Mainstream Macroeconomists Grapple with Hayek and Keynes

hayek-vs-keynesA new NBER Working Paper by Paul Beaudry, Dana Galizia, Franck Portier uses a contemporary modeling technique (a kind of decentralized trading model popularized by Robert Lucas) to compare “Hayekian” and “Keynesian” accounts of the business cycle. The authors have only a cursory understanding of the Austrian literature — despite the title, “Reconciling Hayek’s and Keynes Views of Recessions,” the paper contains no references to anything written by Hayek or Keynes — but is interesting nonetheless.

The authors apparently got their understanding of Hayek from Nicholas Wapshott’s wildly inaccurate book Keynes Hayek: The Clash that Defined Modern Economics, so they characterize malinvestment as overinvestment (“capital over-accumulation”), reduce Hayek’s complex and subtle views to “liquidationism,” and so on. Still, the authors are trying to get at the fundamental idea that capital structure matters, and that the bust is somehow related to actions taken during the preceding boom. In this sense they depart from most modern macroeconomic treatments. Also, before introducing their model, they include a section with “Some motivating facts,” pointing out that their measure of capital over-accumulation (cumulative investment over 10 years divided by total factor productivity and detrended) is positively correlated with recession depth and length of recovery for the US postwar period. Their model includes both consumption goods and durable investment goods and it is possible for agents to have “too much” of the durable good (so that “liquidation” can be beneficial). In other words, the authors recognize the drawbacks of conventional Keynesian models in output and employment are systematically (and simplistically) driven by aggregate demand, with no role for capital and production and no possibility of capital misallocation.

In other words, while the paper doesn’t particularly advance the Austrian understanding of the business cycle, the fact that the authors are thinking along these lines (and disseminating their thoughts through the NBER working paper series) tells us there may be some hope for modern macroeconomics.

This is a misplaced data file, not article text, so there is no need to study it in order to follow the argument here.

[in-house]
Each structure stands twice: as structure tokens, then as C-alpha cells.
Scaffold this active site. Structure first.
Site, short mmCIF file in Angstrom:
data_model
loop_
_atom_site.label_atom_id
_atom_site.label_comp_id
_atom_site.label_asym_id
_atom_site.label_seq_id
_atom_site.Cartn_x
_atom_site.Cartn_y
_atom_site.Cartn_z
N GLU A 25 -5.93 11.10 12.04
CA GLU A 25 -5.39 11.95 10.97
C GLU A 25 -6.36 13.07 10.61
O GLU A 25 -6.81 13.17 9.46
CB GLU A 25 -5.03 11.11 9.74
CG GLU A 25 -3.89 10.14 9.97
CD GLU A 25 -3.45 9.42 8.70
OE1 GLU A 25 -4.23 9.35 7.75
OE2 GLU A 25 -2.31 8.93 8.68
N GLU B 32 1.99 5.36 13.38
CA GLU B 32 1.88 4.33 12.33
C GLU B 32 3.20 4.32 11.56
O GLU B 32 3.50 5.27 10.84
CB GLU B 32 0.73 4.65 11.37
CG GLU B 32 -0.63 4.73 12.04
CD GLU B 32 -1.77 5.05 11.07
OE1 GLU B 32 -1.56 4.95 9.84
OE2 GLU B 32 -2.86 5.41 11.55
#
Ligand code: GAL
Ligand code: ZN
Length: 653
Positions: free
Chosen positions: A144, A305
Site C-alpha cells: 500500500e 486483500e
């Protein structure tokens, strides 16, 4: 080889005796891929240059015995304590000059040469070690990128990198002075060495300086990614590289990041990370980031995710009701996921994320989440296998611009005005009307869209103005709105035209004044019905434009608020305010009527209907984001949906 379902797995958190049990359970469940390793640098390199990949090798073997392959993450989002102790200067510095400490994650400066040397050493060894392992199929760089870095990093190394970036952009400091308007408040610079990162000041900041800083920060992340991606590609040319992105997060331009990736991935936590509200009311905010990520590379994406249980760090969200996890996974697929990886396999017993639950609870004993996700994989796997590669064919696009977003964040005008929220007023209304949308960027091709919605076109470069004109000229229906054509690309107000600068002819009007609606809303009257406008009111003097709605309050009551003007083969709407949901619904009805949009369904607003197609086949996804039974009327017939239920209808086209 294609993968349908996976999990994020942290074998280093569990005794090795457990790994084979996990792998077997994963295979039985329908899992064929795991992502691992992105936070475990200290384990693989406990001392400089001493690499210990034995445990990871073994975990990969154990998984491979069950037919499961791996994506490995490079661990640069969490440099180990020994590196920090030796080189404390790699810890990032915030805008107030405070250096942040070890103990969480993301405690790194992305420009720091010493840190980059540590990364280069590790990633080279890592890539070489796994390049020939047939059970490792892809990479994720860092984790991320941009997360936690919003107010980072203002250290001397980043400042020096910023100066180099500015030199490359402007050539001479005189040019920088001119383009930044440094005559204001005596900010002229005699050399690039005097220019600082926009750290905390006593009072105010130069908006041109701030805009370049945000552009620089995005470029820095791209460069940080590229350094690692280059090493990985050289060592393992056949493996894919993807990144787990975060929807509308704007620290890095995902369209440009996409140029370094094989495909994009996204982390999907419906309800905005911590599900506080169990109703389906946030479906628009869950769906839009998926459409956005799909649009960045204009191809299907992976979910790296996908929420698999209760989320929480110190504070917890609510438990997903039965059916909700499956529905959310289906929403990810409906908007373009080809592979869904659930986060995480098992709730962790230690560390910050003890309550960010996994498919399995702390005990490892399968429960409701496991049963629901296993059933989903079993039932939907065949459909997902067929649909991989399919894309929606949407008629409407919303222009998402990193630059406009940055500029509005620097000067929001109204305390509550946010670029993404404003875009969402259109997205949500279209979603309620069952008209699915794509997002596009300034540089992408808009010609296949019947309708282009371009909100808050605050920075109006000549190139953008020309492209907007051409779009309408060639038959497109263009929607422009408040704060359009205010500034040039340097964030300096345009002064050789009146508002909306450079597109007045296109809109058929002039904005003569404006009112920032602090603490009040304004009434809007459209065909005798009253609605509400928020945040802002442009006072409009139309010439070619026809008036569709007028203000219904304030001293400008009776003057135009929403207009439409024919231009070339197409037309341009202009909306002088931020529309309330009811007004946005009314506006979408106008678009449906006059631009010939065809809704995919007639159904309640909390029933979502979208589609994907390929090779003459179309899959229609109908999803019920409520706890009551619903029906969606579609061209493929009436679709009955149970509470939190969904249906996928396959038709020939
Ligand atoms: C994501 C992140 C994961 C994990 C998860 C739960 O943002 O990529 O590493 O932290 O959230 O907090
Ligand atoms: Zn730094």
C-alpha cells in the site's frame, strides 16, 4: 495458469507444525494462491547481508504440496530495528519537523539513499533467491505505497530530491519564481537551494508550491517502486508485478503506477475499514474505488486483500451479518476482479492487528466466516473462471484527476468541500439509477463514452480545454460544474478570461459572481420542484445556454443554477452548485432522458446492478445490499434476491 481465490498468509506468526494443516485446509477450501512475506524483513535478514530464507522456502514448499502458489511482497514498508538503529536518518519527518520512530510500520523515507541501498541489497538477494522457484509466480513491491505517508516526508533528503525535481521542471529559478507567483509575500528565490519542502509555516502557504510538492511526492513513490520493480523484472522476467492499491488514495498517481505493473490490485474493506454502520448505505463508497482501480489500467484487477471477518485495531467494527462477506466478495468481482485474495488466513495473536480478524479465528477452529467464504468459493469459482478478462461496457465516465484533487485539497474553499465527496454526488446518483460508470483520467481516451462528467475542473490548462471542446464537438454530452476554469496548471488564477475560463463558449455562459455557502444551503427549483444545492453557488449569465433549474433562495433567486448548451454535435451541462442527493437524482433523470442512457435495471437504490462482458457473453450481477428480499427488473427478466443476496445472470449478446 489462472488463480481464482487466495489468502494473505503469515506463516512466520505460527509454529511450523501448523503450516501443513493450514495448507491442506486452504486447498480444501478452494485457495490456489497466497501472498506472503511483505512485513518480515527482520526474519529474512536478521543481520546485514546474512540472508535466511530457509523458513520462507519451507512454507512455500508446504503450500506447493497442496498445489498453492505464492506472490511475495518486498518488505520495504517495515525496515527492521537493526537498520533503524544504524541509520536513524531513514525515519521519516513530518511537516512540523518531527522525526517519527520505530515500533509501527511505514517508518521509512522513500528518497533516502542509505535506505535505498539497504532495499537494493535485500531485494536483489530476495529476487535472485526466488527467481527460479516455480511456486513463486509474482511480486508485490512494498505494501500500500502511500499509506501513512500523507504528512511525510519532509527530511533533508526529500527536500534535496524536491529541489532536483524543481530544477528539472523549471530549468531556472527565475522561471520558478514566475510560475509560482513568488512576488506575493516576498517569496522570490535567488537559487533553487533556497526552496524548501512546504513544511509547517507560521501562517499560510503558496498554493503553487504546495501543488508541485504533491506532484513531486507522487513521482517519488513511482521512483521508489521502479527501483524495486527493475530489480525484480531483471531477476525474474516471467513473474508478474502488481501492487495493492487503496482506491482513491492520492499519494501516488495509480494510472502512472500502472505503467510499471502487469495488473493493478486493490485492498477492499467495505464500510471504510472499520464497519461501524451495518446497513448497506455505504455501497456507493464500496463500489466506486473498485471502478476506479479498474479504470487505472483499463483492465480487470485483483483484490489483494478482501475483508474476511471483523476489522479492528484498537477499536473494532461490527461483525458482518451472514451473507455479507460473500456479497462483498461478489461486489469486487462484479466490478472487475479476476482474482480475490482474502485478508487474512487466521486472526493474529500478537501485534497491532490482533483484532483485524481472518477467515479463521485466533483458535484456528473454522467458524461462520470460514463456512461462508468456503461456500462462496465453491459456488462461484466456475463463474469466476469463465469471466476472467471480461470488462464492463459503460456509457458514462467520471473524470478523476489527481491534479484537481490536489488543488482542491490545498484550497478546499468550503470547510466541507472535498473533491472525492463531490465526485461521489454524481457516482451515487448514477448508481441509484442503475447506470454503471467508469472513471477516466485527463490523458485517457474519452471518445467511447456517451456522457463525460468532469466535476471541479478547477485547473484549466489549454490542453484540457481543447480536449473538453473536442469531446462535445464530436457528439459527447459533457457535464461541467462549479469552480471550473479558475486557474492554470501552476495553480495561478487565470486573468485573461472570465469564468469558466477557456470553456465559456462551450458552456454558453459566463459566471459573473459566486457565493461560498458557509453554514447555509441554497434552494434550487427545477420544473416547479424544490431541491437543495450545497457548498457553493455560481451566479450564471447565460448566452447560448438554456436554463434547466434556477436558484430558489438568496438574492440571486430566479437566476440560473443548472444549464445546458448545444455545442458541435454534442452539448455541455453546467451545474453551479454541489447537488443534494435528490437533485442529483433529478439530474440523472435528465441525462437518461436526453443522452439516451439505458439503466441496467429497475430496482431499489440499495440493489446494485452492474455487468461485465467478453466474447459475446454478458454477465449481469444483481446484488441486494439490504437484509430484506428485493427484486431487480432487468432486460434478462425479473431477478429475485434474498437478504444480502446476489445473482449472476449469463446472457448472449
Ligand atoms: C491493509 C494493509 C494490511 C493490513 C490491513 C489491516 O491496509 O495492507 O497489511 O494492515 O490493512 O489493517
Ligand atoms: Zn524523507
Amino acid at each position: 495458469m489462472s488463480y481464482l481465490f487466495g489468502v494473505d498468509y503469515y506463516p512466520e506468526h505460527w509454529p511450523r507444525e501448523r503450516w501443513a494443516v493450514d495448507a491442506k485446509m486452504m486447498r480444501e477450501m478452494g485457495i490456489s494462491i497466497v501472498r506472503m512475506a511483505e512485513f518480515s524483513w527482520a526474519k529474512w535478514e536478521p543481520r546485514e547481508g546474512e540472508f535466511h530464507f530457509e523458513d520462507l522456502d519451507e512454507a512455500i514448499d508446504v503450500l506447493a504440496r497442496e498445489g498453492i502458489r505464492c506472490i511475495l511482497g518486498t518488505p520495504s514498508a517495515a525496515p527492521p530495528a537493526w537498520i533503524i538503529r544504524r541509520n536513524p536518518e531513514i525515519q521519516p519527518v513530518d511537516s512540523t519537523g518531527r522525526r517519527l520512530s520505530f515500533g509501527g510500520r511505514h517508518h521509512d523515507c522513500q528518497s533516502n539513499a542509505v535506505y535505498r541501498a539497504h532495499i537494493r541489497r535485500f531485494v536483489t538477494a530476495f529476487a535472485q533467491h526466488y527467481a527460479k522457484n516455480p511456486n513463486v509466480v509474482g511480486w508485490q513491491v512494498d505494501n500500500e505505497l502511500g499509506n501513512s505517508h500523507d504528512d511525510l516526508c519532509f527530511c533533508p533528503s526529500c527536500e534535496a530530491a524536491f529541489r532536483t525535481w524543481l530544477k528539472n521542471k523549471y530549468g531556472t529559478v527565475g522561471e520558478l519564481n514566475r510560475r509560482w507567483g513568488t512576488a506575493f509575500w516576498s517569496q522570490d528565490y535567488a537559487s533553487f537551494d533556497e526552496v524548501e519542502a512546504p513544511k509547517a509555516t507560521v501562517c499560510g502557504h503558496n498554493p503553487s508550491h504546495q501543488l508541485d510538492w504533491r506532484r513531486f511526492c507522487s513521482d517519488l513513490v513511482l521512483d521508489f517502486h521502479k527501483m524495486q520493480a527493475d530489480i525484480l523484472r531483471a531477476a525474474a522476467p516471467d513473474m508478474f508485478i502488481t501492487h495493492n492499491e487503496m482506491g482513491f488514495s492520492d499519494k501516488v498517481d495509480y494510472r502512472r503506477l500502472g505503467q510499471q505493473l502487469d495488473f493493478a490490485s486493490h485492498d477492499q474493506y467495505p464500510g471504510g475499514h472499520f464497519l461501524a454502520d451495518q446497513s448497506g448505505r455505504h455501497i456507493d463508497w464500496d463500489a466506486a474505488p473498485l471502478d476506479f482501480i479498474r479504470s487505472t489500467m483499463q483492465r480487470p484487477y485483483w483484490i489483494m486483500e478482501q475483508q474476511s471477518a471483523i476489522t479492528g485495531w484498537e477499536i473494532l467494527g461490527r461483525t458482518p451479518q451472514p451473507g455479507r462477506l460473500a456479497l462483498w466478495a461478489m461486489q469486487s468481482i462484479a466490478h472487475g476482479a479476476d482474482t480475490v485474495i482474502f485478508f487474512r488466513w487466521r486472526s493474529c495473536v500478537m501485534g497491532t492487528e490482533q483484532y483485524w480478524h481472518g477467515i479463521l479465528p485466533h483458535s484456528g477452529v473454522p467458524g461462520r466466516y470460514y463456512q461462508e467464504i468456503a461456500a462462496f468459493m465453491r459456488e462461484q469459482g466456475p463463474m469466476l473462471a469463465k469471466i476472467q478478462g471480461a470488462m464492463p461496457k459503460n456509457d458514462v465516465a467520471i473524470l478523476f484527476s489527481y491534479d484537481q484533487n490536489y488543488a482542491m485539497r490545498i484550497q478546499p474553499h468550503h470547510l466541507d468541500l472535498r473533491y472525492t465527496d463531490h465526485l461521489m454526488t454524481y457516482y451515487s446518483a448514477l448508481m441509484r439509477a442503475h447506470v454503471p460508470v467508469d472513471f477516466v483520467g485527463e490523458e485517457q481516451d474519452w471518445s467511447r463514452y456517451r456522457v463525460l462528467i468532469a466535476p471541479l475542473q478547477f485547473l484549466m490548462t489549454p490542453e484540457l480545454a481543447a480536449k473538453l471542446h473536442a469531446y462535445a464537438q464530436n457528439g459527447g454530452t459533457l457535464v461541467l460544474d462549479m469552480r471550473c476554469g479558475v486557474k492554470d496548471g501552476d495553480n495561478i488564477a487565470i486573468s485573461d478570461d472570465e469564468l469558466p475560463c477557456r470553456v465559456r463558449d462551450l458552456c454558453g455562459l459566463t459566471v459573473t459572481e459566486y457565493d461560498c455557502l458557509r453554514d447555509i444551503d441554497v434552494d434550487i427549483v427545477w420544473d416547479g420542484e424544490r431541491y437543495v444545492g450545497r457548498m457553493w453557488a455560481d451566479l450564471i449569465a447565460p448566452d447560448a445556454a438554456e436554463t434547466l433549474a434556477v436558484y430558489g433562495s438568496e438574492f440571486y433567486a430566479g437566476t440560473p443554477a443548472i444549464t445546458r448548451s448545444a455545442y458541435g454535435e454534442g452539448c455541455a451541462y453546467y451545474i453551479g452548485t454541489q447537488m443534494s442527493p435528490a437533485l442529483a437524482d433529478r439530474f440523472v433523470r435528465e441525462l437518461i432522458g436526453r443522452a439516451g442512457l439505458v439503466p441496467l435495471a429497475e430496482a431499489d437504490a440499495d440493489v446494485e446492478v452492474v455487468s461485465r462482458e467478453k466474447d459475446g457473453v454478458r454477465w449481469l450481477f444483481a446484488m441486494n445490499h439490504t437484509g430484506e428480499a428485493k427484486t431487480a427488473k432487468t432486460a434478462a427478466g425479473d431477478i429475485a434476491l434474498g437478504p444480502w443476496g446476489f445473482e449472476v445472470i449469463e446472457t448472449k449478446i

Here is the abstract for those who want the gory details:

Reconciling Hayek’s and Keynes Views of Recessions
Paul Beaudry, Dana Galizia, Franck Portier
NBER Working Paper No. 20101, May 2014

Recessions often happen after periods of rapid accumulation of houses, consumer durables and business capital. This observation has led some economists, most notably Friedrich Hayek, to conclude that recessions mainly reflect periods of needed liquidation resulting from past over-investment. According to the main proponents of this view, government spending should not be used to mitigate such a liquidation process, as doing so would simply result in a needed adjustment being postponed. In contrast, ever since the work of Keynes, many economists have viewed recessions as periods of deficient demand that should be countered by activist fiscal policy. In this paper we reexamine the liquidation perspective of recessions in a setup where prices are flexible but where not all trades are coordinated by centralized markets. We show why and how liquidations can produce periods where the economy functions particularly inefficiently, with many socially desirable trades between individuals remaining unexploited when the economy inherits too many capital goods. In this sense, our model illustrates how liquidations can cause recessions characterized by deficient aggregate demand and accordingly suggests that Keynes’ and Hayek’s views of recessions may be much more closely linked than previously recognized. In our framework, interventions aimed at stimulating aggregate demand face the trade-off emphasized by Hayek whereby current stimulus mainly postpones the adjustment process and therefore prolongs the recessions. However, when examining this trade-off, we find that some stimulative policies may nevertheless remain desirable even if they postpone a recovery.

Comments

Comments are closed.